Thursday, 20 September 2018

Canberra International Film Festival 2018 - Homage to the great Australian Cinematographer Robert Krasker

The forthcoming Canberra International Film Festival will have a special focus on the work of Robert Krasker the first Australian cinematographer to win an Oscar. Three films have been selected to represent the diversity of his work and the quite extraordinary skill he displayed in creating images on both large and small scales.

For more details and tickets on this and the whole program go to

Friday 26 OCTOBER at 7.30pm 
Director: Carol Reed1949, UK 104 mins B&W Classification: PG 
With Joseph Cotton, Alida Valli, Orson Welles, Trevor Howard 
Reed’s masterpiece, and a deservedly celebrated British thriller,THE THIRD MAN won Australian Robert Krasker an Oscar forBest Cinematography. Krasker’s experience in Germanystudying the lighting and photography of the expressionistperiod, allowed him to apply an unforgettably dark andbrooding atmosphere to the shadows, cobble-stone alley-waysand damaged grandeur of war-torn Vienna. The story followsa naïve American pulp-fiction novelist (Joseph Cotton) in his attempts to find an old friend who is now deeply embroiled in the post-war black-market and drug-dealing. Orson Welles revels in his scenes as the menacing Harry Lime, and the entire cast is perfect. With an original screenplay by Graham Greene, and electrifying music on the zither by Anton Karas, the whole film is “a tender/tough classic” (Time Out), which can be re-visited endlessly, especially in this new 4k restoration.
Saturday 27 OCTOBER at 1.30pm
Director: Joseph Losey1960, UK 86 mins B&WClassification: unclassified (CIFF recommends M) 
With Stanley Baker, Sam Wanamaker, Margit Saad, Patrick Magee 
Re-building his career after being blacklisted in Hollywoodduring the McCarthy witch-hunts, Joseph Losey found a wealthof support in England. Loser took a commission to make a crime movie
 about an old-fashioned lone-wolf criminal trying to outwit alarge crime syndicate. Losey transformed the project into an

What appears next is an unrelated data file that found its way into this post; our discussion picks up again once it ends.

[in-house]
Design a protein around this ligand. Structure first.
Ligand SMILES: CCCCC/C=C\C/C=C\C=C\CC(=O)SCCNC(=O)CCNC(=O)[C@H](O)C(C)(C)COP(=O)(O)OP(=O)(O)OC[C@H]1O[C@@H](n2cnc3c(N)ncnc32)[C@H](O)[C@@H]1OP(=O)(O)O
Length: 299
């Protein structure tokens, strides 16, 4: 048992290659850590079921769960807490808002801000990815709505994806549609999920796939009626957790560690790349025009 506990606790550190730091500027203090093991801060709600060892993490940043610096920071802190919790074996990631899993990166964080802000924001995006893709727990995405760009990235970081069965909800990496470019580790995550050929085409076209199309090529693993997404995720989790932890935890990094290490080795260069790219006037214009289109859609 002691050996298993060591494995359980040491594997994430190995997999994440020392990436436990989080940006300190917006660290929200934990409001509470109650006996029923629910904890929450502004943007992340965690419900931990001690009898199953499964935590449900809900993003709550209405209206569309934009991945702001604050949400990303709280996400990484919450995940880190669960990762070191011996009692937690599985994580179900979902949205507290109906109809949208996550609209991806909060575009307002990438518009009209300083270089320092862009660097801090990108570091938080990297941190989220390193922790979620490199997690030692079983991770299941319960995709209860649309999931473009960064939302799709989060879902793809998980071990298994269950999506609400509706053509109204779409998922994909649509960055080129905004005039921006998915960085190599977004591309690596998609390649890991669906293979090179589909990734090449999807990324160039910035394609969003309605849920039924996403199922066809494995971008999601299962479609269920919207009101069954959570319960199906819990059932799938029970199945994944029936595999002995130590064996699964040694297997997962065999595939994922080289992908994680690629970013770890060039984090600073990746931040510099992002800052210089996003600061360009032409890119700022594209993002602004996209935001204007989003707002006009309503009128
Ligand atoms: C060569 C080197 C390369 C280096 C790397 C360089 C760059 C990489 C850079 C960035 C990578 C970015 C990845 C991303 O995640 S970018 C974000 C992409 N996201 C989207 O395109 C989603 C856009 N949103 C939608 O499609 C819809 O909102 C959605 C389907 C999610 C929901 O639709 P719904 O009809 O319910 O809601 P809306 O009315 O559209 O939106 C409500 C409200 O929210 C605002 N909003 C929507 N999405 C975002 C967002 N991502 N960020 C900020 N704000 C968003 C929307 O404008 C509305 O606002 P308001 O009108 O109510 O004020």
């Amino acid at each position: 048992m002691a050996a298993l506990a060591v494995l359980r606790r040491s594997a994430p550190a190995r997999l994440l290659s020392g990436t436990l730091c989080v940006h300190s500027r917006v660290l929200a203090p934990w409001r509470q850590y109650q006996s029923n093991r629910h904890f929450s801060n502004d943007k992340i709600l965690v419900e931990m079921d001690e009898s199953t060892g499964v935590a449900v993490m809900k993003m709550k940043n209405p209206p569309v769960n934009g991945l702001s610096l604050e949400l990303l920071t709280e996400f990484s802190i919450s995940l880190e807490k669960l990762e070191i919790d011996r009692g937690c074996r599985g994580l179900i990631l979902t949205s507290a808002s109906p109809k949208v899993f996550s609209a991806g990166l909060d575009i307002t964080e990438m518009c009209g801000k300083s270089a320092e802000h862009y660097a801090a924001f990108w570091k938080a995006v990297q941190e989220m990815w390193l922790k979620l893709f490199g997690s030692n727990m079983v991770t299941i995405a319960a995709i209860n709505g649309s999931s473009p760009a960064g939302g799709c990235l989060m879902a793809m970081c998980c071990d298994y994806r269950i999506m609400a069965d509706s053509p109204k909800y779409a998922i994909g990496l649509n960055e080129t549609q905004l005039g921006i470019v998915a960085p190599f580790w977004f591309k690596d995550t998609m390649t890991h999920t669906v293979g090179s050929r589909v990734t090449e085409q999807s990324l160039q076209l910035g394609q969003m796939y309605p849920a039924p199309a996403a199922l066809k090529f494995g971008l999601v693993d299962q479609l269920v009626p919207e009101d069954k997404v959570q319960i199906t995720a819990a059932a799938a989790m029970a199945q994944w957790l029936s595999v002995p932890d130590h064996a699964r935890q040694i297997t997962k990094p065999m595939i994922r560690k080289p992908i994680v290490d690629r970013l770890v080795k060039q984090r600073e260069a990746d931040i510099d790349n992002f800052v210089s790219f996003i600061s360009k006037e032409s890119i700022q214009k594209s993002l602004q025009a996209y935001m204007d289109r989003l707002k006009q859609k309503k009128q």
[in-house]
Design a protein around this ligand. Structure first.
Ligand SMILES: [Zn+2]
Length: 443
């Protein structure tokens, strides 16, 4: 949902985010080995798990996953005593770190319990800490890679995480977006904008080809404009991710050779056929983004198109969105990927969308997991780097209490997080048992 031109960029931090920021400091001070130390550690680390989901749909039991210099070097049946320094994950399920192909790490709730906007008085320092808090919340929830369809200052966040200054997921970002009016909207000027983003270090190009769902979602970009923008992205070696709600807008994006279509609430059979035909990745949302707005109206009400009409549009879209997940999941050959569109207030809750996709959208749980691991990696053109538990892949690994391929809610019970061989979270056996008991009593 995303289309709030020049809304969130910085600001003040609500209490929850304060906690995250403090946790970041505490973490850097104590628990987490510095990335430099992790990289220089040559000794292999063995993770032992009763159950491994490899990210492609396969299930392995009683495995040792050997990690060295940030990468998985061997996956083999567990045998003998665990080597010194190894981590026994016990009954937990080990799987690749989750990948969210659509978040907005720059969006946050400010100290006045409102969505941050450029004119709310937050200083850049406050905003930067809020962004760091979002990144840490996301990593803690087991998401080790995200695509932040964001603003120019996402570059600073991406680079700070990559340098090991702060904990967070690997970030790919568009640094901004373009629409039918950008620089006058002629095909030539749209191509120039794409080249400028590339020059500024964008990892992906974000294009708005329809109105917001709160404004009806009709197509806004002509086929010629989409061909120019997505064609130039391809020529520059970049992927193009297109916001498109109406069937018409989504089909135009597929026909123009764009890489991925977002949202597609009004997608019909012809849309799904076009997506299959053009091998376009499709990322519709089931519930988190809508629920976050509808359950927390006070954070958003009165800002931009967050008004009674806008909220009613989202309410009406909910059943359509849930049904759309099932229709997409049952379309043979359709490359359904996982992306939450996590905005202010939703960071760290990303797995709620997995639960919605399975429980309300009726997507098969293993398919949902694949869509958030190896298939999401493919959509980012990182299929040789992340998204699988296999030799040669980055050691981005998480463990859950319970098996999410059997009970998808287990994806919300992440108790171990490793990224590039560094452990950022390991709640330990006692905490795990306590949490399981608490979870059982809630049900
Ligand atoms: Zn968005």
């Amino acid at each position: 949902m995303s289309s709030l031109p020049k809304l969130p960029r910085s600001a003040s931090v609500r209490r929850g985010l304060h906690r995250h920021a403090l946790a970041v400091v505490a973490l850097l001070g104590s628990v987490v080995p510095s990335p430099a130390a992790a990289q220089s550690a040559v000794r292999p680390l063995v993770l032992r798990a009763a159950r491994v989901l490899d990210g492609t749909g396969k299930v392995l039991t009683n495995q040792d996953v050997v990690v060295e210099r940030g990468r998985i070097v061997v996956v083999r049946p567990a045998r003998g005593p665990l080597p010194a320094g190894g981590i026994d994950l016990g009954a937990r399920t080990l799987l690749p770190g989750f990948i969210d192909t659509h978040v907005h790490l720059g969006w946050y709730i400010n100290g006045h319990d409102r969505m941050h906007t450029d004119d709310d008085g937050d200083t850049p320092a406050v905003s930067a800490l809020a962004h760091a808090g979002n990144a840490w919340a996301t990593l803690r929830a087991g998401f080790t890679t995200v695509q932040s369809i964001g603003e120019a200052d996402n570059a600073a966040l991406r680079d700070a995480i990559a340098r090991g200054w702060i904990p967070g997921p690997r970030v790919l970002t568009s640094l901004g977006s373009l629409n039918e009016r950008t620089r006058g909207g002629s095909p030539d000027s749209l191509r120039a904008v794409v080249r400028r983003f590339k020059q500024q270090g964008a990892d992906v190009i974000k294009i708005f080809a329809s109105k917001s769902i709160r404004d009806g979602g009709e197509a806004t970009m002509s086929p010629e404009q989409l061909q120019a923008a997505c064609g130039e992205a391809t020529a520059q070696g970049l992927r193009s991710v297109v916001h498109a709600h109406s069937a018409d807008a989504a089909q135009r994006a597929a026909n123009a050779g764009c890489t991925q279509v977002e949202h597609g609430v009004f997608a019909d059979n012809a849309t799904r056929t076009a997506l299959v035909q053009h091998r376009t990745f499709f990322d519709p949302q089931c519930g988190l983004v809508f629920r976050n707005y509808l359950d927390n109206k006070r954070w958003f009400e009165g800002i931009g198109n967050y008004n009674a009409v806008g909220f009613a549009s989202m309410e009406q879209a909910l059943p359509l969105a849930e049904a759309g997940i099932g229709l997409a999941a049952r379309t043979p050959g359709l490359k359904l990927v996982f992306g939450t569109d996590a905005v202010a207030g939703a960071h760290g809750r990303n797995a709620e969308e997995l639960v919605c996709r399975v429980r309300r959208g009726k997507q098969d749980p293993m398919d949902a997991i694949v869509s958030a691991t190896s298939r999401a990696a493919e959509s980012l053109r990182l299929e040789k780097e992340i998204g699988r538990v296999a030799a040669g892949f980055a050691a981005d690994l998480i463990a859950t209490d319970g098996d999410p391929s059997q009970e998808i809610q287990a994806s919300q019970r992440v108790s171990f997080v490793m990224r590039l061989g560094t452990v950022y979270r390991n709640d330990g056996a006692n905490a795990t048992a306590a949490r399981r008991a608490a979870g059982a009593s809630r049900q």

exercise in existential angst, with the best of collaborators:actor Stanley Baker, hiding his anguish beneath a severe,
 tight-lipped exterior; emerging playwright Alun Owen (his first feature, soon to be followed by A HARD DAY’S NIGHT) who crafted terse, percussive dialogues; and above all, Robert Krasker, whose willingness to play with light and camera angles gave Losey perfect expression for his intense, baroque vision. John Dankworth’s moody jazz score adds to the mix, especially with Cleo Laine singing the haunting, recurring, theme song. 

Sunday 28 OCTOBER at 4.00pm
Director: Anthony Mann1963, USA/Spain 182 mins Colour Classification G 
With Charlton Heston, Sophia Loren, Raf Vallone, Genevieve Page and Australia’s own Frank Thring 
Described by Martin Scorsese as "one of the greatest epic films
 ever made" this cast-of-thousands big-screen movie depicted
 episodes in the life of the 11th century Spanish hero who fought to defend his country from invading Moors. Krasker shifts effortlessly from his dark b&w thrillers to a rich palette of bold colours, magnificent wide-screen compositions, and a camera that swoops and glides and encircles the characters. The climactic siege of Valencia is one of Krasker’s finest hours, and he thoroughly deserved an award from the British Society of Cinematographers. Director Anthony Mann was best known for his tough gutsy Westerns and is in top form, as is Miklos Rozsa with a full-blooded music score. Of all the epics that Samuel Bronston produced in the 1960s, this one, according to Geoff Andrew in Time Out, was “one of the very finest ... genuinely stirring ... and equally impressive in terms of script (by Philip Yordan) and spectacle.” 

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